Talent Connection Blog

Even the smartest, most well-developed business initiatives sometimes fail, and change management efforts are no exception. While a push toward change can fail for any number of reasons, a lack of ownership among executives and employees is one of the most common.

How do you give either or both of these groups more ownership over the change process when they neither understand nor appreciate what’s at stake? The answer – and this may come as a surprise – is better communication.

The Deep Dive

When a large healthcare institution made a major change to its administrative support model, human resources personnel collaborated with consultants on a new organizational design to support the change. But when it was time to implement the designs, executives balked. They hadn’t been sufficiently involved in the process to understand why the new design needed to be pursued. In short, they lacked ownership in the project.

Have you encountered this sort of situation in your own work? It’s a common problem, especially when executives are compelled to approve a major initiative with little exposure to the work required to make that initiative a reality.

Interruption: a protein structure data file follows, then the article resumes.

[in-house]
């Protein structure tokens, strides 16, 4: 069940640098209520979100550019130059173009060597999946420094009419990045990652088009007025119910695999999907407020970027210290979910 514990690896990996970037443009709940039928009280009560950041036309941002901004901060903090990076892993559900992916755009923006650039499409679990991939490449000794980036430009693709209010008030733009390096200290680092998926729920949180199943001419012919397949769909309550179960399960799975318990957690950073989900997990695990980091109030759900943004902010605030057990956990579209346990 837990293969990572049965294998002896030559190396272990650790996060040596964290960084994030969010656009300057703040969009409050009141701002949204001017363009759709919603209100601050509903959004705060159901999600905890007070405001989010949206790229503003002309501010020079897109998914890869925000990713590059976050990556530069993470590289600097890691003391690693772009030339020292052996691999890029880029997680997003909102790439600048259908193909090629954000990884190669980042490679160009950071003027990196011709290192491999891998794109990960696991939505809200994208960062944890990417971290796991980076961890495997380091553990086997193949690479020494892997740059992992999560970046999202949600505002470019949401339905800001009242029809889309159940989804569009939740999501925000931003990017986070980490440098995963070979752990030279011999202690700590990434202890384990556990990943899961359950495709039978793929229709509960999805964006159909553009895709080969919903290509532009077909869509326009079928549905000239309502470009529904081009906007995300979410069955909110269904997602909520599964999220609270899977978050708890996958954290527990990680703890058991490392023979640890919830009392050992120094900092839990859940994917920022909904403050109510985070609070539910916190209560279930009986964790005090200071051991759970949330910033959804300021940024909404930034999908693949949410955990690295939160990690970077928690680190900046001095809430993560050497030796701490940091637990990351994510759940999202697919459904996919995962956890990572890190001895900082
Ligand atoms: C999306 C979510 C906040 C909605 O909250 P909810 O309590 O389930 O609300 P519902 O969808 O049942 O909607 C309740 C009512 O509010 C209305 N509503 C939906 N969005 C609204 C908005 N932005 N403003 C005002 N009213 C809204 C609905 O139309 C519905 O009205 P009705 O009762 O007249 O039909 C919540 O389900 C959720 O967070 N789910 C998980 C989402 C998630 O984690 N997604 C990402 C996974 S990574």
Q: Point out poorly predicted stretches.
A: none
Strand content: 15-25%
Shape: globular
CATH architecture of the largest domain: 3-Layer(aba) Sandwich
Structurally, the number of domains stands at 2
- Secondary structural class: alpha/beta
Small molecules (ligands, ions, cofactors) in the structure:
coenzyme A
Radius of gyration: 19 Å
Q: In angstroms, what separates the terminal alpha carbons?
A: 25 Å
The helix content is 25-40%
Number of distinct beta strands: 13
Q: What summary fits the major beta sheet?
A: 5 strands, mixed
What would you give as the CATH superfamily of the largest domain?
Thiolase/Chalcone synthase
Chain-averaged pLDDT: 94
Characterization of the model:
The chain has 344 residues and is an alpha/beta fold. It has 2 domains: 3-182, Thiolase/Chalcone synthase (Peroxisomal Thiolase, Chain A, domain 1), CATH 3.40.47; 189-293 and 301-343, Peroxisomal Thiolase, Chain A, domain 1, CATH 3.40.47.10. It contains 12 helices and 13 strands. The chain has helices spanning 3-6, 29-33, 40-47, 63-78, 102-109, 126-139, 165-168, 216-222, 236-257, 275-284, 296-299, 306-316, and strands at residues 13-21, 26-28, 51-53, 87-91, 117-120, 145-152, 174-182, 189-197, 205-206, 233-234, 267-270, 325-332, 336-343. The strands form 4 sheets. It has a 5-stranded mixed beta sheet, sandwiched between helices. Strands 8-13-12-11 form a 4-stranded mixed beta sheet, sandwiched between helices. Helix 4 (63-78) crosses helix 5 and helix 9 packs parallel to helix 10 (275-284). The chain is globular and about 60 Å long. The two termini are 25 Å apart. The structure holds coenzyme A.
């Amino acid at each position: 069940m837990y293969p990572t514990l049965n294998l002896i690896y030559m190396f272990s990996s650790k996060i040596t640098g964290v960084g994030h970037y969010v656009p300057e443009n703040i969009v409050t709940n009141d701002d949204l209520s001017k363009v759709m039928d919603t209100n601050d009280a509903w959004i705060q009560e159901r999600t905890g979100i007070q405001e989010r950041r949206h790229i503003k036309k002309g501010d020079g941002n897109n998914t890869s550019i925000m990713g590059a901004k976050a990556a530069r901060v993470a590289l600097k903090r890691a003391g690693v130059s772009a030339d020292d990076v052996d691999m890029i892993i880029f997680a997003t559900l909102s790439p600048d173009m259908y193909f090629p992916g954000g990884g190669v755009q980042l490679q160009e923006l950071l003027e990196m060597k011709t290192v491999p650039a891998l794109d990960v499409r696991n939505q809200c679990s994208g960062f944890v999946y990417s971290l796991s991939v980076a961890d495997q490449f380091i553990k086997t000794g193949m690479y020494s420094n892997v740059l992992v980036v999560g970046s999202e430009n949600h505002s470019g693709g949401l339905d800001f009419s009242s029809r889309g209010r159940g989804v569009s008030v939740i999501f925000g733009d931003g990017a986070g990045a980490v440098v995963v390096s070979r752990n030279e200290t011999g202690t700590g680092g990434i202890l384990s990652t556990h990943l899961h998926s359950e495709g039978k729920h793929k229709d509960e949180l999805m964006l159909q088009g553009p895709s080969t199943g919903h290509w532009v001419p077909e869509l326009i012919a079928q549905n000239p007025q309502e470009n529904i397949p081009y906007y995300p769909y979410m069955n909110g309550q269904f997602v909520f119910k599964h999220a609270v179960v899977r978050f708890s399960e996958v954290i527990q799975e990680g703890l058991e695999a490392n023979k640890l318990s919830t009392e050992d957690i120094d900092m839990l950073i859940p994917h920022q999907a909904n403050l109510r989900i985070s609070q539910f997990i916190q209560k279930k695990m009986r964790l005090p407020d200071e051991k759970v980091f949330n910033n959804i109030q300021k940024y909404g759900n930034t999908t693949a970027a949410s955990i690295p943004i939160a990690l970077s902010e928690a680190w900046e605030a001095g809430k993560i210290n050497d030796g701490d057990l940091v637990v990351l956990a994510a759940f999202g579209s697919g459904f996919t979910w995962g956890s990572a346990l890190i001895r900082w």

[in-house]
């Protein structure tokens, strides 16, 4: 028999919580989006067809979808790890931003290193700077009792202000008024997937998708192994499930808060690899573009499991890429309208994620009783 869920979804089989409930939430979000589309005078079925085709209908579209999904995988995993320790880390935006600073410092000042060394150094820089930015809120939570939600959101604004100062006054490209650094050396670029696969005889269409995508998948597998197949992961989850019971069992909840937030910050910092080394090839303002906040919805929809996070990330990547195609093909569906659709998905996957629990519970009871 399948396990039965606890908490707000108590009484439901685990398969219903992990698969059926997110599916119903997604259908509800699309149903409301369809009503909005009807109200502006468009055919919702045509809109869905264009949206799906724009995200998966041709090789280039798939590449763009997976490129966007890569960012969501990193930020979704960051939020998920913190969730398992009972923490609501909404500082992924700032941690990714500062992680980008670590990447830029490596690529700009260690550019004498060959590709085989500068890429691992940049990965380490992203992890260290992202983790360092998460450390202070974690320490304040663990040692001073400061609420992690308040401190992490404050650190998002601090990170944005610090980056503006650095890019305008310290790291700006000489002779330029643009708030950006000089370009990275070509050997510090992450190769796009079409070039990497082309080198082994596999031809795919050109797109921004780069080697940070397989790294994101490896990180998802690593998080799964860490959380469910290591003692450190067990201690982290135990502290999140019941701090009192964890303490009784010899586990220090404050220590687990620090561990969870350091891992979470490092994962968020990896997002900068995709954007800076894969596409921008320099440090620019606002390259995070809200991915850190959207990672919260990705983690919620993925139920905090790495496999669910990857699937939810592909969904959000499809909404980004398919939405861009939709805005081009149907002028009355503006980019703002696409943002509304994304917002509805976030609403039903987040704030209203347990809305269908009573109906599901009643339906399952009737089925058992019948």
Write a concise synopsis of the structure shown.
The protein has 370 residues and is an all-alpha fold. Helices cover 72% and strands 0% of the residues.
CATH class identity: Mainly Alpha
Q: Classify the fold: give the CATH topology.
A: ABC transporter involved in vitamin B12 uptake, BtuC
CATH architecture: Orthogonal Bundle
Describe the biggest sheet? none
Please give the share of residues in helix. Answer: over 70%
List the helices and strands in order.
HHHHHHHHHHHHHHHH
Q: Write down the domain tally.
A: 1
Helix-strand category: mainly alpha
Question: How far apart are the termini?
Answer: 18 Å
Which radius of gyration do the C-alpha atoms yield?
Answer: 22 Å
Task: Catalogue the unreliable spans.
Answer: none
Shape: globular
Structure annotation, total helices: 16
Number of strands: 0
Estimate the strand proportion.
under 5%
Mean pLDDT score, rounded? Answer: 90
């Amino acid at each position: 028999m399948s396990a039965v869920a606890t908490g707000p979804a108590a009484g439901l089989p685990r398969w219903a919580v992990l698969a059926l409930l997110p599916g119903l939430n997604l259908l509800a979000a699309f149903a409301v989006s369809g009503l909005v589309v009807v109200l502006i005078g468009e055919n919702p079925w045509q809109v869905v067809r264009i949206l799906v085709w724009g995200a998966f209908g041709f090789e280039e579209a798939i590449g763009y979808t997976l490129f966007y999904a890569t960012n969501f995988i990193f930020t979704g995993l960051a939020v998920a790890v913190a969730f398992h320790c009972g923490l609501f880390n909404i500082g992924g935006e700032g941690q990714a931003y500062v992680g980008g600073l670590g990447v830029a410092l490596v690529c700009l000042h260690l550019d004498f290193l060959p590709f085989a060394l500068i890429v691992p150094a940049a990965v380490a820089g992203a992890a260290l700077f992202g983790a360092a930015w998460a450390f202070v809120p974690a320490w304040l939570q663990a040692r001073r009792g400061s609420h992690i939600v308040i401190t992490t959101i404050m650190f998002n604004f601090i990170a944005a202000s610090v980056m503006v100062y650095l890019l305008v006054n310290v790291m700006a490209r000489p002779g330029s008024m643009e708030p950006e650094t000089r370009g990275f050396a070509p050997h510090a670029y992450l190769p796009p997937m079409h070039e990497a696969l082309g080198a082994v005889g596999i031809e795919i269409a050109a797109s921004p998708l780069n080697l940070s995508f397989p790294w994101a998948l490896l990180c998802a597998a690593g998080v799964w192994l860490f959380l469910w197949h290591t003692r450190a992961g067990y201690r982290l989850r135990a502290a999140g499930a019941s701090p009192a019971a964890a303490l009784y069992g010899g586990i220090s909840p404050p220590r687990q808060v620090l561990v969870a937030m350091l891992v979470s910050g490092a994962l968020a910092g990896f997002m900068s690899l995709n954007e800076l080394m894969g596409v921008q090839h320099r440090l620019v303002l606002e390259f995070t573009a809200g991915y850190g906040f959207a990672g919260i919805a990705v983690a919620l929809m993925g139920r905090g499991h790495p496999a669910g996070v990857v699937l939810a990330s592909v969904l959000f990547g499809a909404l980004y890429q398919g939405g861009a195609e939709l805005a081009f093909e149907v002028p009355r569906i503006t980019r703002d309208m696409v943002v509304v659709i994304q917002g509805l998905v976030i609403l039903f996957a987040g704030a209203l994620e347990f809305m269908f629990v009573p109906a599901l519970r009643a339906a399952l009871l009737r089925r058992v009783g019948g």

One way to solve this problem is the “deep dive,” an extension of the existing process in which all stakeholders advance ideas that will improve upon the status quo. In the example above, personnel invested in the project modified their approach to include the deep dive with executives. As a result, executives gained valuable exposure to the issues at stake and developed a better sense of the need for change. They became owners of the project and approved the design implementation.


Sometimes, having a simple conversation can give important people ownership over a change management initiative. Case in point: an energy company that needed management’s support for a productivity improvement program. This time, it wasn’t a specific division or a group of consultants trying to convince executives to embrace change – it was the senior executives themselves trying to show mid-level managers the wisdom behind their plan.

Executives needed their teams to move forward, so they held one-on-one conversations with each manager. Those on-on-ones focused on:

  • program objectives
  • the impact of change on employees
  • why the company’s survival depended on the program

With the one-on-ones complete, the project gained traction and change managers were able to move forward. Once again, communication, not pressure and strong-arming, made all the difference.

Make everyone an owner

Change isn’t always popular, but it’s what makes companies innovative and profitable. When it’s time to embrace change and move in a new direction, change managers need support from decision makers and from those whose roles are about to evolve.

Talexes understands how difficult it can be to get buy-in for change from key people or divisions of your workforce. Let us help you push for – and achieve – changes that motivate your teams, increase productivity, and improve institutional effectiveness. Contact us today to learn how our process can help your organization move forward.